5 Dec 2020 2:40 PM GMT
Journalist Priya Ramani against whom former BJP leader MJ Akbar has filed a defamation complaint, for alleged defamatory publications against him during the 'Me Too' movement, today informed a Delhi court hearing the matter that there were other women too who had come out against Akbar at the time, but she has been singled out in the complaint. Sr. Adv. Rebecca John, appearing...
Journalist Priya Ramani against whom former BJP leader MJ Akbar has filed a defamation complaint, for alleged defamatory publications against him during the 'Me Too' movement, today informed a Delhi court hearing the matter that there were other women too who had come out against Akbar at the time, but she has been singled out in the complaint.
Sr. Adv. Rebecca John, appearing for Ramani, referred to experiences shared by Saba Naqvi, Harinder Baweja, Anju Bharti, Suparna Sharma and others in response to Ramani's tweet, on which the court asked if he had made complaints against others also, to which John replied, "No, he has only picked out Ramani, even though he admits he was aware of others also."
John told the court that the whole of Priya Ramani's case had been put up before Akbar, and that she had fully discharged her obligation 'to tell the witness what her defence was'.
Referring to case documents, John said that in an article published by her in 2017 in the Vogue magazine, no-one had been named by her, however, in 2018 when she tweeted about the incident, this article was referred to/attached in the tweet.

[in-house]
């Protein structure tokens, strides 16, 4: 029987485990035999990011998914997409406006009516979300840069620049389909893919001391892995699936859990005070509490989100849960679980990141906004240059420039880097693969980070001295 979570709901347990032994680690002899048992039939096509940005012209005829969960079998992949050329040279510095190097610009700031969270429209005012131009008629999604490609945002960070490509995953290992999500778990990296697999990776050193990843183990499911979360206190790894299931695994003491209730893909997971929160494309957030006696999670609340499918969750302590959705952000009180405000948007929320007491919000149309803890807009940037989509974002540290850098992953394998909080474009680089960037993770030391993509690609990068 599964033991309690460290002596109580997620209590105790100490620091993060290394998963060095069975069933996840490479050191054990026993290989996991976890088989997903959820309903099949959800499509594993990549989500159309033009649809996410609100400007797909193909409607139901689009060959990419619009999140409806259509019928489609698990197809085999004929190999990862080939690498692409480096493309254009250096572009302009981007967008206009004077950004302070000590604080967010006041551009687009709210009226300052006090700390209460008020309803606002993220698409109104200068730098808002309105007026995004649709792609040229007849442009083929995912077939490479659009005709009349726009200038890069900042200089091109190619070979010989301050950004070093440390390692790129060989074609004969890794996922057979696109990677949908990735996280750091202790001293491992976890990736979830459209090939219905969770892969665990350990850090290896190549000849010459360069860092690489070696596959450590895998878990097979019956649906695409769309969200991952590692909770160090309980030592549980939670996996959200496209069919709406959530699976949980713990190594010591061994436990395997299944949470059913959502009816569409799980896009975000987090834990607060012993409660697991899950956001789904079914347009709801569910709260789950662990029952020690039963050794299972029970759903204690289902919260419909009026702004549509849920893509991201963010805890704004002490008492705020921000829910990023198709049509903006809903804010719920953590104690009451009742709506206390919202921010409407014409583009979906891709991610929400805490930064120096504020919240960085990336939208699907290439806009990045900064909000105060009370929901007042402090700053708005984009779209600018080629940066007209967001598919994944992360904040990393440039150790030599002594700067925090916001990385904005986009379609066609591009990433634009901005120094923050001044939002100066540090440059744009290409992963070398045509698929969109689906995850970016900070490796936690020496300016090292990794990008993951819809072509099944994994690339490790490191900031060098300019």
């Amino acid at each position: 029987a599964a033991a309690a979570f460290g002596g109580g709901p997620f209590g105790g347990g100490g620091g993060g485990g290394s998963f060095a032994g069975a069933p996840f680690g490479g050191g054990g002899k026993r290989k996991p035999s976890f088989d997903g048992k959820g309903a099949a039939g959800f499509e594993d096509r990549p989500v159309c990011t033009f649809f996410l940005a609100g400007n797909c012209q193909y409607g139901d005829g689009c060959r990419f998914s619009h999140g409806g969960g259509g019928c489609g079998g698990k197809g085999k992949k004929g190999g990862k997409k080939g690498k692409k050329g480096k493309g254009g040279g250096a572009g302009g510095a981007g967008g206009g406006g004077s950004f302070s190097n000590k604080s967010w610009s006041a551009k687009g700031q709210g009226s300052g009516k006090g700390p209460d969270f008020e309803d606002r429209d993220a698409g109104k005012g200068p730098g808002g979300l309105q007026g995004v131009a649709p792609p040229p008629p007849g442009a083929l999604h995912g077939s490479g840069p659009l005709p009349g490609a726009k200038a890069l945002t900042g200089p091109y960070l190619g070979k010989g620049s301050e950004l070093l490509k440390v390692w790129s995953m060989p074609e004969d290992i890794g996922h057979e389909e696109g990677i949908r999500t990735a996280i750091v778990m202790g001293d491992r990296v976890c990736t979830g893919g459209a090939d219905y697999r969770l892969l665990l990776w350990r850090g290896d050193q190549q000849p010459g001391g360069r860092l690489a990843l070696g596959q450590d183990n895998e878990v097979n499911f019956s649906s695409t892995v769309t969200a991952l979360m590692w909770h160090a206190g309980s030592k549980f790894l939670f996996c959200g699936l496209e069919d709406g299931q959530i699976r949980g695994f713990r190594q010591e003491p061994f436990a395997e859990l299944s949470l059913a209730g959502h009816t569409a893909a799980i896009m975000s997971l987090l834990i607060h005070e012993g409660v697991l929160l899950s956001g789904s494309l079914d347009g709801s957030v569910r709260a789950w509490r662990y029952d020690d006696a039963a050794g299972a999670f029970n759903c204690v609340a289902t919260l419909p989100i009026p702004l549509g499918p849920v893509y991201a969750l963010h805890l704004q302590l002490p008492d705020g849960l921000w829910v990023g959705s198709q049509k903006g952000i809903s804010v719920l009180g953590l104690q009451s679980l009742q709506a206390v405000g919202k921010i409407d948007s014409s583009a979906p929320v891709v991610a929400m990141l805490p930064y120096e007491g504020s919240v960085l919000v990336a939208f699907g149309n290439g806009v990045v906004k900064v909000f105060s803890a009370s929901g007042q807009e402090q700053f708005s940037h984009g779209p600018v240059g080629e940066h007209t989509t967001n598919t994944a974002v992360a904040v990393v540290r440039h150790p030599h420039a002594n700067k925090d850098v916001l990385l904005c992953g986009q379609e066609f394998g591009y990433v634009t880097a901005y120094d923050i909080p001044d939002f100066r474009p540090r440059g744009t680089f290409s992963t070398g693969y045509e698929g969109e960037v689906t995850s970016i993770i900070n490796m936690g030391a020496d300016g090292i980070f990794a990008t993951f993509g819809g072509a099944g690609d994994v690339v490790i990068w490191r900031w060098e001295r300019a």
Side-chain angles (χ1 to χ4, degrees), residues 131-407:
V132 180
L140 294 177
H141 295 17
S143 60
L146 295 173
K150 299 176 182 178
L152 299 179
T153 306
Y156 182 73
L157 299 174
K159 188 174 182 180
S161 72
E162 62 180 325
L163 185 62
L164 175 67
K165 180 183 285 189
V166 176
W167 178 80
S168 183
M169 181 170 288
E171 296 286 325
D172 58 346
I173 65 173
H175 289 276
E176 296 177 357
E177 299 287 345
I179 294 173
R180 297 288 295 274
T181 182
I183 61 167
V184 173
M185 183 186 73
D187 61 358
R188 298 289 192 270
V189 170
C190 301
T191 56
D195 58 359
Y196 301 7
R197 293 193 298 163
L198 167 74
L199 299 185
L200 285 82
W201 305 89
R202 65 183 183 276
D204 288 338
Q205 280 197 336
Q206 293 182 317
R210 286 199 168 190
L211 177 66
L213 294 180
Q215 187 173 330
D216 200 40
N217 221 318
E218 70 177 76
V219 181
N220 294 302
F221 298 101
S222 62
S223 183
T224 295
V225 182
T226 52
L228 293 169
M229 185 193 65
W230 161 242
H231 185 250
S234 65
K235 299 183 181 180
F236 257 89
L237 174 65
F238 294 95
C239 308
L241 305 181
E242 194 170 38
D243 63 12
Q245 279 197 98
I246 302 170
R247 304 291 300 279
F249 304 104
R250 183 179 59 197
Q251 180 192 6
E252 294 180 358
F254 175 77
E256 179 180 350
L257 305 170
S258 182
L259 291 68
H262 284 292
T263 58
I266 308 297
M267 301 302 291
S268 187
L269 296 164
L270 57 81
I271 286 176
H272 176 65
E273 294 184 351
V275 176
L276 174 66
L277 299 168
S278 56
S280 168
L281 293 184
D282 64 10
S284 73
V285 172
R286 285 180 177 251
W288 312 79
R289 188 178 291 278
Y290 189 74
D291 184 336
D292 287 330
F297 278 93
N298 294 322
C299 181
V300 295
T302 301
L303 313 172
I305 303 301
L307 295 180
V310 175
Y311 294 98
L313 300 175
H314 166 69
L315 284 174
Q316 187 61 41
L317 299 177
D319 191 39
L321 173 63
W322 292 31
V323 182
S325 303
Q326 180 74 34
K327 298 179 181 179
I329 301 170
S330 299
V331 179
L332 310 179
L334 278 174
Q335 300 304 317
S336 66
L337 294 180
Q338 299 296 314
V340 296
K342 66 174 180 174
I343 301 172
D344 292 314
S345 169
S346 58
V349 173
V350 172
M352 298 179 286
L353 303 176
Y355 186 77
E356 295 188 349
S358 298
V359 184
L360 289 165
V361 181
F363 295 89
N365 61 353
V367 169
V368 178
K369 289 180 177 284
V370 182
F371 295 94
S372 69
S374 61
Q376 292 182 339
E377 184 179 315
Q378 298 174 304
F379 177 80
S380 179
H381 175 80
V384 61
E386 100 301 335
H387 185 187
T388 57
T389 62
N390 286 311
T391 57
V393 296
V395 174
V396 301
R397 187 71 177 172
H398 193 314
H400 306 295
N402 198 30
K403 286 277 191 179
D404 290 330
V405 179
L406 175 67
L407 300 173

She claimed that as opposed to what Akbar had made it look like, the whole article in Vogue was not about him. She submitted, "Only the first four paras of the article referred to Akbar, rest of the article was about male bosses in general."
John also went on to admit that even though Akbar wasn't named in the article, the first 4 paras did in fact refer to him.
Talking about the article further, John said that, the portions of the article in inverted commas were from articles written in America by American authors, which is why they were in inverted commas and that they had nothing to do with Akbar.
Relying on a FirstPost article put forth by Akbar before the court, to make out her case, she argued that it's an established principle of law that if the prosecution places a document on record, the defence can very well rely on it.
John also strongly refuted Akbar's claim of a "sterling reputation" and stated that it was admitted by him that he had shared a consensual relationship with Pallavi Gogoi 23 years back which ended on a bitter note. However, his wife, had stated that, Pallavi's flaunting the relationship publicly had in fact threatened to destroy their family - which also he had admitted.
She questioned if this was the record of a man with a "sterling reputation". Reputation being one of the three ingredients of defamation under S.499 IPC, John sought to establish that Akbar did not in the first place enjoy what he was claiming to have been destroyed by Ramani's publication.
John vehemently submitted, "Irrespective of the nature of his relationship, and I am noone to comment on it, Mr. Akbar has admitted that he was in a relationship with a woman who was 20 years his junior and his subordinate at the workplace, at the time he was married. This is not the conduct of a man with a sterling reputation." She said that she had established this through his own documents.
Unrelenting, John went on, "He didn't even remember that the Delhi High Court convicted him for contempt, it seems there is no onus on him to be truthful. He is a politician now, but was a journalist earlier. Where is the onus of truth?"
Thereafter referring to Ramani's statement, John read out that she was not only called to his hotel room for 'interview', he also asked her personal questions such as whether she had a boyfriend, was she married, offered her an alcoholic beverage, and asked her no job-related questions.
The hearing has been adjourned till December 10, 2020.